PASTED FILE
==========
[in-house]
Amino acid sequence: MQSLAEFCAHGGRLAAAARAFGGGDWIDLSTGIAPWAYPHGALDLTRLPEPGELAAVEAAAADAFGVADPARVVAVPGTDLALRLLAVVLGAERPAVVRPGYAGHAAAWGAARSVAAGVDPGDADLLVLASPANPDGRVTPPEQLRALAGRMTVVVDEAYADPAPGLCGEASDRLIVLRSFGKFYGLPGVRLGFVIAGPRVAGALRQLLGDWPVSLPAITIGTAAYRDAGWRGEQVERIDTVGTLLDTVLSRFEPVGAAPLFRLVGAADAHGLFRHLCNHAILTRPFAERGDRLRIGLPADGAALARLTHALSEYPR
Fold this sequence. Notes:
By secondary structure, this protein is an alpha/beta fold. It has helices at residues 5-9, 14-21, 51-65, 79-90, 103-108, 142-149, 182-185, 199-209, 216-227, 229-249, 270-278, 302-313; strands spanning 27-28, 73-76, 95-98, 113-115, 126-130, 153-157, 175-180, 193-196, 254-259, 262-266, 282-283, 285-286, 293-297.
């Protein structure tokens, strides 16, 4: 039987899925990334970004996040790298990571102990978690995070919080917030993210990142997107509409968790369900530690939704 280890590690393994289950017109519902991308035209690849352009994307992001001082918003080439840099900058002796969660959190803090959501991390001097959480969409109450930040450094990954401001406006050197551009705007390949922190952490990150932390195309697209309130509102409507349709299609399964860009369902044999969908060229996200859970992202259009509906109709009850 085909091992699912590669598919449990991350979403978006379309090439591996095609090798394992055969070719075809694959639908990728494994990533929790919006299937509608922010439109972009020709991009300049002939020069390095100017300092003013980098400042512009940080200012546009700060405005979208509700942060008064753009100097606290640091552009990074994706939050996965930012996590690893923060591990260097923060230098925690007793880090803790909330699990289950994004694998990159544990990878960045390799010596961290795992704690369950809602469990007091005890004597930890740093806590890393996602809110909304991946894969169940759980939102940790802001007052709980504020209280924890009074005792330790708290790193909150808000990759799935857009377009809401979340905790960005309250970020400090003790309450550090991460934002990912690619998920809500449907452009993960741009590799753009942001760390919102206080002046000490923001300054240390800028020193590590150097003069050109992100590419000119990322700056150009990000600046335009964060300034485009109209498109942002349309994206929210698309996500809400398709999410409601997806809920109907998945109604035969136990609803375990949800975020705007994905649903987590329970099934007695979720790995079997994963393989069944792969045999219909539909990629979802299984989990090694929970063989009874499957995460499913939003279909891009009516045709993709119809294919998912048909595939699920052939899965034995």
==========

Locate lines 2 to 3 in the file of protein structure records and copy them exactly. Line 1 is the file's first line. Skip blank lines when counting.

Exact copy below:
Amino acid sequence: MQSLAEFCAHGGRLAAAARAFGGGDWIDLSTGIAPWAYPHGALDLTRLPEPGELAAVEAAAADAFGVADPARVVAVPGTDLALRLLAVVLGAERPAVVRPGYAGHAAAWGAARSVAAGVDPGDADLLVLASPANPDGRVTPPEQLRALAGRMTVVVDEAYADPAPGLCGEASDRLIVLRSFGKFYGLPGVRLGFVIAGPRVAGALRQLLGDWPVSLPAITIGTAAYRDAGWRGEQVERIDTVGTLLDTVLSRFEPVGAAPLFRLVGAADAHGLFRHLCNHAILTRPFAERGDRLRIGLPADGAALARLTHALSEYPR
Fold this sequence. Notes: